After rounding Dinas Head and stopping for second breakfast in a lovely cove...

not this cove, but a later one just like it
...many, many more wiggles in the path (there were a lot of wiggles - my morning came out, as measured by the GPS, as being 1.4 miles longer than it measured on the map) I eventually reached Fishguard Fort Car Park, and Mick, who was not a happy bunny after the milk incident.

My morning had taken me 20 minutes longer than my estimate (although I suppose it had been further than expected) and I was thoroughly unconvinced at that point (11.4 miles in) that I wanted to do another 8.5 miles. So, after a lengthy break/elevenses/early lunch, I set out (finding five minutes down the road another free car park, in a much more attractive position and dead-flat such that milk containers couldn't slide even if they wanted to) for just another couple of miles where Mick was going to meet me again, that being the last obvious place I could bail out before the intended end of my day.

The going around Fishguard was so fast, on a tarmac cycle path, that Colin was deserted when I reached him. Expecting me to be longer, Mick had gone out for a look around. One of the lessons learnt from the incident when we lost each other on the Welsh coast a couple of years ago was that I should carry a spare key and that was the one lesson upon which we acted, such that I was able to let myself in*.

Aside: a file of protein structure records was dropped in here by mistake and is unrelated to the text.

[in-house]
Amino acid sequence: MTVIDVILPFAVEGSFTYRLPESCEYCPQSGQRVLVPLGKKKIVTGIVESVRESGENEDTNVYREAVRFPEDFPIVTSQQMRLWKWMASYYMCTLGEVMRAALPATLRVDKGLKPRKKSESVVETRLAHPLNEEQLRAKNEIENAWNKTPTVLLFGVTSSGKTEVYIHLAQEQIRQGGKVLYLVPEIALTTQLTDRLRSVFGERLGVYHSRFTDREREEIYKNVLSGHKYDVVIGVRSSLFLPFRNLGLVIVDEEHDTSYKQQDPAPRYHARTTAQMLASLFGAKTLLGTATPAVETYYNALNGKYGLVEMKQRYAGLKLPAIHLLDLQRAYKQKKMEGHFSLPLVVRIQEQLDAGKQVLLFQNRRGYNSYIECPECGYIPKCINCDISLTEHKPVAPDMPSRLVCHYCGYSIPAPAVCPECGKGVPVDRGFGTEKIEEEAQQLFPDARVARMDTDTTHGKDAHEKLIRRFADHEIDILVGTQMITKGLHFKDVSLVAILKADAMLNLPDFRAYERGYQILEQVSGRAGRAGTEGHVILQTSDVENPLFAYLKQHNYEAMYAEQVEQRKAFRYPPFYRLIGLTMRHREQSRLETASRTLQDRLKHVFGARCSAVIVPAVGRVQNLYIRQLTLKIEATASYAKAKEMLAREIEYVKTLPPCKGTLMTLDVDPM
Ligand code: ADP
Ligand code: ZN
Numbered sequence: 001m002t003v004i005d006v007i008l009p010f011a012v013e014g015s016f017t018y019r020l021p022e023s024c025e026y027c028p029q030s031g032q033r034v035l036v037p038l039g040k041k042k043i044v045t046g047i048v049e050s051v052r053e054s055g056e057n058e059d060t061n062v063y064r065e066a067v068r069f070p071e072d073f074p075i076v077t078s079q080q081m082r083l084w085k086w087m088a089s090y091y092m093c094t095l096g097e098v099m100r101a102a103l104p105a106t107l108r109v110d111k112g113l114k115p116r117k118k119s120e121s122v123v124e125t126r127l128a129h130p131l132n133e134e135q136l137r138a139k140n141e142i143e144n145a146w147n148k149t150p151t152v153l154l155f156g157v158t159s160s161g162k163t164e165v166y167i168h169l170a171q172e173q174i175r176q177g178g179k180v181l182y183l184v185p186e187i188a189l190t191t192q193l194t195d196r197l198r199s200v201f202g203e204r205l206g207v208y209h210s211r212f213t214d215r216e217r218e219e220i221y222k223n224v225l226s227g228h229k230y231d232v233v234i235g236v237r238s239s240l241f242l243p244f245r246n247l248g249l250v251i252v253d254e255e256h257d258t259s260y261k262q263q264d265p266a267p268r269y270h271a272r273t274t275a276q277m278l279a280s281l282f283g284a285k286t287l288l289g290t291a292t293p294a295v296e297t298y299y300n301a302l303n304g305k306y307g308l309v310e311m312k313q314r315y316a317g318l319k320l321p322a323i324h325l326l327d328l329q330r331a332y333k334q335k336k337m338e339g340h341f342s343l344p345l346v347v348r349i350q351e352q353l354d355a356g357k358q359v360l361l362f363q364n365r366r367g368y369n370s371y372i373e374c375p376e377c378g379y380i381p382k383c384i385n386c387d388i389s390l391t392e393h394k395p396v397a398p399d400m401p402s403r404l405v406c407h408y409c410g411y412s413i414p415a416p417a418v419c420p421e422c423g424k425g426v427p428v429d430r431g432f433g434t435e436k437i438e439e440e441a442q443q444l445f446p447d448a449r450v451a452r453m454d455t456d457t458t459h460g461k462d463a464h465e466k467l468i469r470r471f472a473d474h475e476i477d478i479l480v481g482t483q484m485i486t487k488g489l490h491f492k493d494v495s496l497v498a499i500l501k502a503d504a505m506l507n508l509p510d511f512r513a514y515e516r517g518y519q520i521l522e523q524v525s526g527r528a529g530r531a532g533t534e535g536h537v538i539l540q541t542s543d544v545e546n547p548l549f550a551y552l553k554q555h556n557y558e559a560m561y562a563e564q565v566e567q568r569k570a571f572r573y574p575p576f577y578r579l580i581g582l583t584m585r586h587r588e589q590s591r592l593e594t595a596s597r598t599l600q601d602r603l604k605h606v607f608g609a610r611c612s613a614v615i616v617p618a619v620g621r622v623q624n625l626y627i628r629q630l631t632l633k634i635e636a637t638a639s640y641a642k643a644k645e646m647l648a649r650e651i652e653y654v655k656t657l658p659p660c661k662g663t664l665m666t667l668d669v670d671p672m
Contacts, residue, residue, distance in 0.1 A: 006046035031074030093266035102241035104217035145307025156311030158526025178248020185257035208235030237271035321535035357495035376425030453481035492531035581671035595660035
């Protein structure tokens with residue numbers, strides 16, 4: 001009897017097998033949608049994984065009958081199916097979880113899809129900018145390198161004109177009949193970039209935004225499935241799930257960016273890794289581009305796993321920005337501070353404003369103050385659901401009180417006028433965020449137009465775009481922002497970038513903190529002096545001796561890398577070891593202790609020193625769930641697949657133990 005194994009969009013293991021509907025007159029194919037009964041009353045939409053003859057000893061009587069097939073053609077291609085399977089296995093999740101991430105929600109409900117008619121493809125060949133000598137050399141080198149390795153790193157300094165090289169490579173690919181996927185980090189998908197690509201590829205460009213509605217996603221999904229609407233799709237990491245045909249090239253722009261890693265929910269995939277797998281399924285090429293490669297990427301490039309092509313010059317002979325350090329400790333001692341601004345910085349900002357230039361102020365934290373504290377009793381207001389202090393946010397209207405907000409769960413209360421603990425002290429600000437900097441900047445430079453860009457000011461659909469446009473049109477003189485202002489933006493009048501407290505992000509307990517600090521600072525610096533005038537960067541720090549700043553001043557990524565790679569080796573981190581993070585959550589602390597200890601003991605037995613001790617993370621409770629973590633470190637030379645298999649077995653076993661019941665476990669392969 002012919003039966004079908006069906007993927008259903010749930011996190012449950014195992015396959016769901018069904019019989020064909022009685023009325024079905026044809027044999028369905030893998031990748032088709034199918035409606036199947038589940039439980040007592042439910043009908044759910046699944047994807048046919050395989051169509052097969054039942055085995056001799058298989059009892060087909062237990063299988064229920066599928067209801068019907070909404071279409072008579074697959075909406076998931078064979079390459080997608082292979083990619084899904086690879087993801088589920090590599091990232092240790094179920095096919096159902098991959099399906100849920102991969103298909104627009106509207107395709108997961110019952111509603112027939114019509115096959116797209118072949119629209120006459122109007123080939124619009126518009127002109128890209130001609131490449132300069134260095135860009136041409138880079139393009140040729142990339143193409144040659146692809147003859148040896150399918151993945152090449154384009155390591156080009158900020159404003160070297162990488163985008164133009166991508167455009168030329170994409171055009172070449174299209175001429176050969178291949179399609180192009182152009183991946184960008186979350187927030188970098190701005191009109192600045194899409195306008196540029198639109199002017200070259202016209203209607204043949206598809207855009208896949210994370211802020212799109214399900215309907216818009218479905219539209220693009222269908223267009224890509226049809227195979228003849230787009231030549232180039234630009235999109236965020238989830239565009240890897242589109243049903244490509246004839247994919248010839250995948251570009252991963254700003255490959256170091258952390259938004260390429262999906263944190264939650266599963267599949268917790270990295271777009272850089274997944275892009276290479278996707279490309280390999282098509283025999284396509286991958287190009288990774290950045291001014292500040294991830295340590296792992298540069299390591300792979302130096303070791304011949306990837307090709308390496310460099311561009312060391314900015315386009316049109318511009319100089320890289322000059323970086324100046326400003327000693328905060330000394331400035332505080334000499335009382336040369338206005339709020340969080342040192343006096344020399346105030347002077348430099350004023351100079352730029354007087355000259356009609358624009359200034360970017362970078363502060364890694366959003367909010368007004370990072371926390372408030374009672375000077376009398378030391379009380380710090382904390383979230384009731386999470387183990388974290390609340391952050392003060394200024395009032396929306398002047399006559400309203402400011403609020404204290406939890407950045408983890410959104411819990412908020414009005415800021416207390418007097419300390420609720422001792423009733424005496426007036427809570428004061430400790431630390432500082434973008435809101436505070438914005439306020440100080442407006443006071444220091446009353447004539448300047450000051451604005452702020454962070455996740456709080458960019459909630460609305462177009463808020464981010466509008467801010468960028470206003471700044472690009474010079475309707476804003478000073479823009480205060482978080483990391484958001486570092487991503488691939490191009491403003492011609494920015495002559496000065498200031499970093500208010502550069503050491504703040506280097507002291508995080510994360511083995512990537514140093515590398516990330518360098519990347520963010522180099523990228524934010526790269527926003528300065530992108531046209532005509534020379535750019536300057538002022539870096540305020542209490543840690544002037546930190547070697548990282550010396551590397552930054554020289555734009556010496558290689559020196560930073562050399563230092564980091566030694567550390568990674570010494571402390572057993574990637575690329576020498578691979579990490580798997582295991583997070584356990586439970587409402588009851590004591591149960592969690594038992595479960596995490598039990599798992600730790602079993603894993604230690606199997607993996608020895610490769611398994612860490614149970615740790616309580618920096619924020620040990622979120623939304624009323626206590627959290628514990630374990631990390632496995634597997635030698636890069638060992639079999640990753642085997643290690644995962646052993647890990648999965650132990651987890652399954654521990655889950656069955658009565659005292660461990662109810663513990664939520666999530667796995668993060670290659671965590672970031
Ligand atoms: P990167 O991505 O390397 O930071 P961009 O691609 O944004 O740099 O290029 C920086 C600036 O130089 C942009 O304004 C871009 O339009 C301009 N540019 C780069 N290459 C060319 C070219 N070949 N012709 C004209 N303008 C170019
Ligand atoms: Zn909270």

After another cup of tea, by which time Mick had returned, I'd decided that another six and a half miles were perfectly doable, so off I went to face my final fear: to cross the port access road and railway line, the WCP goes over a footbridge. It was awful. So much so that I nearly cried half way across, and it was only when I was safely on the other side that I gave myself a mental slap and pointed out to myself how irrational I was being.

The final six miles of the day, around Strumble Head, turned out to be a delight. Wide grassy tracks through bracken and gorse were common, the ups and downs seldom steep, and the views of the rocky coastline superb. With the addition of the mournful wailing of seals echoing around one particular cove, it was a fantastic afternoon. Moreover, the going was so good that I reached my destination a whole hour faster than anticipated, just as the sun came out.

Strumble Head Lighthouse, around which lots of people were about, thanks to the two car parks nearby